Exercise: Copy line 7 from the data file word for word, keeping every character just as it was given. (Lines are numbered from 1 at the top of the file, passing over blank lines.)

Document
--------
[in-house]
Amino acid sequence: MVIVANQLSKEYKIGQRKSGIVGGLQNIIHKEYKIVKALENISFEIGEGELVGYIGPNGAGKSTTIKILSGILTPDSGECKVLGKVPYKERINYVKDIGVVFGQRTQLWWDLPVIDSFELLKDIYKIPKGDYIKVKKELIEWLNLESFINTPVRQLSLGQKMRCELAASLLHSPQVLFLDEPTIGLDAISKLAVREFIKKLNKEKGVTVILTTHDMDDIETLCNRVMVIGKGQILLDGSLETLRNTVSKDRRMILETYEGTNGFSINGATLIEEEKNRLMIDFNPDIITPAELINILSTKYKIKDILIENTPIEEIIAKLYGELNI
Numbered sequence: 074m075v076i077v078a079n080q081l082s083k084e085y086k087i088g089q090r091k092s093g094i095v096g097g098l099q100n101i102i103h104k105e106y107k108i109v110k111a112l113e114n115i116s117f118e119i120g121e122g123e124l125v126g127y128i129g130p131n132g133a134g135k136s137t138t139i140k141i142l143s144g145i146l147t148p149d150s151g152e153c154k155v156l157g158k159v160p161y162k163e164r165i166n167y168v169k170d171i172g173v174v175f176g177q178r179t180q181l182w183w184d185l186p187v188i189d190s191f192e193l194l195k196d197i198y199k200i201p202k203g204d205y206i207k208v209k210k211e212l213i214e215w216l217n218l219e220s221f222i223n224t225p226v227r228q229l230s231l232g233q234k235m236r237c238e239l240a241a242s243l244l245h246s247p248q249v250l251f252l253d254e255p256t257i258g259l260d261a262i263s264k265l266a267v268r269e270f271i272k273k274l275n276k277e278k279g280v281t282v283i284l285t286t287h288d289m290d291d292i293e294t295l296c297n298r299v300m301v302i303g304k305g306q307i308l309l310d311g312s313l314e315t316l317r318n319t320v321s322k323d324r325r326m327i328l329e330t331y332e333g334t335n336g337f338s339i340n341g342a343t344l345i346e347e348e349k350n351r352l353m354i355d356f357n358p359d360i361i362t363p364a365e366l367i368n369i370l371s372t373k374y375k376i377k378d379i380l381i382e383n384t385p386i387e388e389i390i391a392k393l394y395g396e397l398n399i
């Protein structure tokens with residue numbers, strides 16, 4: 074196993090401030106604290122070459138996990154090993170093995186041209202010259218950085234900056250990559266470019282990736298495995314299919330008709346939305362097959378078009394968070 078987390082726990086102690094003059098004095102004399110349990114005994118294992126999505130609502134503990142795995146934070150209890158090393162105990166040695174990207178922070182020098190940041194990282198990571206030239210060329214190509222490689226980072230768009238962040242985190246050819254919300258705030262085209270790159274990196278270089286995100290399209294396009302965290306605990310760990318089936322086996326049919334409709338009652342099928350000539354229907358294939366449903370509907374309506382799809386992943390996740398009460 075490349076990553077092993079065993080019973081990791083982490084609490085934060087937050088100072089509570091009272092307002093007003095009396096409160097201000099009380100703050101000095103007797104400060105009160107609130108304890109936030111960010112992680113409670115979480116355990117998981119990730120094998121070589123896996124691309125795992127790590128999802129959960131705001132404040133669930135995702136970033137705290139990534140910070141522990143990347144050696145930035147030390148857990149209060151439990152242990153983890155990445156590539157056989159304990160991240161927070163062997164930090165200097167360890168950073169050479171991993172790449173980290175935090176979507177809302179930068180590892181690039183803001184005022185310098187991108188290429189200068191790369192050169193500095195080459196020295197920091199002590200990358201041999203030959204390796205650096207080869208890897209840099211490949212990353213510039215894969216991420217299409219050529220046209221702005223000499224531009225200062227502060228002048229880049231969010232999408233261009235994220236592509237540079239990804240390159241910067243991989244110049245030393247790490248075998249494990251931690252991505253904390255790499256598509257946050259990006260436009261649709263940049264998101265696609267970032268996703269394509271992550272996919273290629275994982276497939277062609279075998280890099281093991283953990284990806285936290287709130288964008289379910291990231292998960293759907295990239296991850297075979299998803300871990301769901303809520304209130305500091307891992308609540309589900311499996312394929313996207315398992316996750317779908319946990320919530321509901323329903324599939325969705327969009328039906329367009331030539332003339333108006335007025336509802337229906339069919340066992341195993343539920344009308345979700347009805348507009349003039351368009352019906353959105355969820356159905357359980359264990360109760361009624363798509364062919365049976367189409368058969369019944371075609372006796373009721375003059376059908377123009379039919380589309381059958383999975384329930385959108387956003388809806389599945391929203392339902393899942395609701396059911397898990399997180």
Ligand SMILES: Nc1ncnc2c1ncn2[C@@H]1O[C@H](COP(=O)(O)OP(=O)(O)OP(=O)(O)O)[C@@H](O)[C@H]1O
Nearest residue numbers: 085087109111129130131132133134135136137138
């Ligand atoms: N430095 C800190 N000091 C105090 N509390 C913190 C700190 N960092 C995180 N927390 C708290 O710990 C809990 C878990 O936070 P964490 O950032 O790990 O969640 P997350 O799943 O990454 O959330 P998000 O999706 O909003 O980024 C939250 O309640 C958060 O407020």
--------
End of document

């Ligand atoms: N430095 C800190 N000091 C105090 N509390 C913190 C700190 N960092 C995180 N927390 C708290 O710990 C809990 C878990 O936070 P964490 O950032 O790990 O969640 P997350 O799943 O990454 O959330 P998000 O999706 O909003 O980024 C939250 O309640 C958060 O407020």